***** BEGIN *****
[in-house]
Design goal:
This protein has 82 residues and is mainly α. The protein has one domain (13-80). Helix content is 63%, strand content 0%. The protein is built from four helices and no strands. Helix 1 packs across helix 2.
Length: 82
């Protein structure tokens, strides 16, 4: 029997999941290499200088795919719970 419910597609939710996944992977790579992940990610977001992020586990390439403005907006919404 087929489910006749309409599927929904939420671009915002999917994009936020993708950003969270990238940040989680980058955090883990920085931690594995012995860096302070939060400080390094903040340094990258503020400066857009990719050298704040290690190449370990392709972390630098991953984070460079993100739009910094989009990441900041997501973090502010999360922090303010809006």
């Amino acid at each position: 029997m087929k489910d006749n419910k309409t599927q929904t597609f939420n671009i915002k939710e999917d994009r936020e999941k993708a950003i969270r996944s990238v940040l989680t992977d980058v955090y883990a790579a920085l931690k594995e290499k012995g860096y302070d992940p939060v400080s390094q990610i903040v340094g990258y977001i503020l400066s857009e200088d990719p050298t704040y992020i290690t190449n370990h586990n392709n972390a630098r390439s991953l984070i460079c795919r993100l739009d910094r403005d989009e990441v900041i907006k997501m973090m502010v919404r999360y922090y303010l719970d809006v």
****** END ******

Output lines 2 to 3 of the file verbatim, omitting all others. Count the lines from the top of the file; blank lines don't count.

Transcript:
Design goal:
This protein has 82 residues and is mainly α. The protein has one domain (13-80). Helix content is 63%, strand content 0%. The protein is built from four helices and no strands. Helix 1 packs across helix 2.